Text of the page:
Earlier, in response to a question from AFI executive director Richard Heath about how farming organisations should deal with the increasing amount of noise surrounding each issue, Mr Mahar said the challenge was to unite those you are representing, and to make the message relevant to the broader community.

“We have seen that people are able to and wanting to get information, and tthe way they get it and the way they use it and how long they keep it has just changed so much, so we have actually got to go with the tide.
“This is a tide, we have got to be able to swim with the tide rather than against the tide.”

“Create safe spaces”

Mark Titterington, a senior adviser with the Forum for the Future of Agriculture in Europe, said European agricultural and environment policy had probably been the most polarised in the world in terms of different stakeholders involved.

As a result the Forum for the Future of Agriculture was developed to “create a safe space” where different stakeholders could come together to take on the thorny topics, such as seed breeding, chemical inputs, methane and carbon farming.

“The way that we have been able to do that is make it a very safe and open space and not take positions, but make use of the people in the room that are generating the new ideas and new thinking that others can take on.”

Similarly, US group Farm Foundation is a non-for-profit group which describes itself as “ an accelerator of practical solutions for agriculture”

President and CEO Shari Rogge-Fidler said that in response to the increasing noise surrounding issues, the organisation “tries to play differently”.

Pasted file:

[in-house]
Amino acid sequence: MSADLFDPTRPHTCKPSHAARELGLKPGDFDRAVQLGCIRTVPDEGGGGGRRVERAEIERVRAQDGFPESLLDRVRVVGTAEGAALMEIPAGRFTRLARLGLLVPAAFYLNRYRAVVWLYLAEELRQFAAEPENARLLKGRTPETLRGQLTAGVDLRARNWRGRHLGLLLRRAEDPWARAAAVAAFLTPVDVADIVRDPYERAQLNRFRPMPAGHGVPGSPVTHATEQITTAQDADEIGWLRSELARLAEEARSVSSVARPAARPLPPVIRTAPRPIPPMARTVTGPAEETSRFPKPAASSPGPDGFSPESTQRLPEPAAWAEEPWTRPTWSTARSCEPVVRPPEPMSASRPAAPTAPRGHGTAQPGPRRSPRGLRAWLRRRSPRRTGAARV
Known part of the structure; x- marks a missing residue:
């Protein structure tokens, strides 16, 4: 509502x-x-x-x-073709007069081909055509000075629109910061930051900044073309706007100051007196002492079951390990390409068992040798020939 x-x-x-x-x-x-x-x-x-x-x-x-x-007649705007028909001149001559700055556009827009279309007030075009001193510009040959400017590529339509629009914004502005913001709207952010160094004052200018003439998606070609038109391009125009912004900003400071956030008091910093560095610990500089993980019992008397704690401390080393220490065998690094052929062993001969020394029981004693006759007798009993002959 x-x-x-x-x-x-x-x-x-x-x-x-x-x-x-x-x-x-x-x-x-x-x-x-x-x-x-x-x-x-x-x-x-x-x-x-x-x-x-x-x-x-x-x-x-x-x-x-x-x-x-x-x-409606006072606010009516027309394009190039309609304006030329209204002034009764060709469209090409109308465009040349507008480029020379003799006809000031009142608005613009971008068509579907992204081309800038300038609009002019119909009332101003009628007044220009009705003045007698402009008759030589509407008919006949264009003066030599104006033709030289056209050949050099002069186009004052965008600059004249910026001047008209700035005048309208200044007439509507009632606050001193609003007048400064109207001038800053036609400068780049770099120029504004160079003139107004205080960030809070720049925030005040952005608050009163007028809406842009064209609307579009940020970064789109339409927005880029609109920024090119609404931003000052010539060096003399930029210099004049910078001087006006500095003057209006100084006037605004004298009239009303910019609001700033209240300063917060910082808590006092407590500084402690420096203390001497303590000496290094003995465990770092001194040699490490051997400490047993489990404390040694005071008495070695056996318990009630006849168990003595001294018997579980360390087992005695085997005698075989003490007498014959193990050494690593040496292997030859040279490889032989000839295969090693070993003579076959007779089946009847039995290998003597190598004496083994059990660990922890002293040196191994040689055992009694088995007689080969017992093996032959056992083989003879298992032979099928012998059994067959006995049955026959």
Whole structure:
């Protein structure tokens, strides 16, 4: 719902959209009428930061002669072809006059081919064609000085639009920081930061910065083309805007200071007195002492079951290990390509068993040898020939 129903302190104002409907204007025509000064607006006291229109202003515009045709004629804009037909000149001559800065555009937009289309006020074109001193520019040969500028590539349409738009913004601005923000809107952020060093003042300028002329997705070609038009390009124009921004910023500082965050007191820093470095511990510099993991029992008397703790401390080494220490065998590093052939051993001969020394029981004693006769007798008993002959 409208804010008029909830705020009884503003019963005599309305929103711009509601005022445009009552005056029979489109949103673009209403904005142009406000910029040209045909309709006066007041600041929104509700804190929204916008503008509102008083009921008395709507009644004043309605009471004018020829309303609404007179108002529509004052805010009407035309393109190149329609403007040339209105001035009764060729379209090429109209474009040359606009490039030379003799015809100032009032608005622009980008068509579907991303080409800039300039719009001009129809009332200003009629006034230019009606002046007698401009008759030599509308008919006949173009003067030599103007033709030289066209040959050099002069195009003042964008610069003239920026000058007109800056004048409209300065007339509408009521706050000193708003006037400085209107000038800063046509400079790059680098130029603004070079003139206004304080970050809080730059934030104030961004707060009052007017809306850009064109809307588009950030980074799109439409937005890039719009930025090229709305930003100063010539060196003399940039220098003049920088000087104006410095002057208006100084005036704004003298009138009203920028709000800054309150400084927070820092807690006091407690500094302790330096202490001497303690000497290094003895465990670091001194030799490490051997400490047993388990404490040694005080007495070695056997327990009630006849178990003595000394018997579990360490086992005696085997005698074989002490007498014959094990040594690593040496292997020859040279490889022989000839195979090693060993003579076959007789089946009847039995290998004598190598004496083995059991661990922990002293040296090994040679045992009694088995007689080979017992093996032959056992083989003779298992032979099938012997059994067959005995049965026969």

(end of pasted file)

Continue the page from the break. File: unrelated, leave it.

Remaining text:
“We do try to engage differently, we try to create opportunities where we’re not just having positions and platforms pushed at each other, but finding the space where off the record conversations and making it intergenerational as well, so we have been trying to bring different voices that wouldn’t normally be engaging with each other in social media or in dialogue and getting them in the room together.”

 

 

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Comments

  1. John Gunthorpe, 11/03/2022

    In 2017 Daniel Meade as a Nuffield Scholar visited many agricultural advocacy organisation and penned a report titled “Agricultural Organisations: Farmer Engagement”. I commend his report for your reading if you are interested in this topic. It can be found at –

    https://www.nuffield.com.au/daniel-meade-2017

    Daniel draws from the actions of the American Farm Bureau with 6 million members, New Zealand Federated Farmers and Dairy New Zealand to list nine recommendations to improve advocacy for farmers. The Steering Committee for the creation of a new peak council for grass-fed cattle producers could well enact these recommendations if they are to have any chance of attracting members.
    Australian Cattle Industry Council

  2. Val Dyer, 10/03/2022

    To answer the leading question.
    Yes it is, when cattle producers are totally engaged and involved in the lead advocacy organisation without the growing levels of bureaucracies within them.
    Governments will respond to strong and united grassroots lobby groups but also like divided organisations so they can hedge their bets.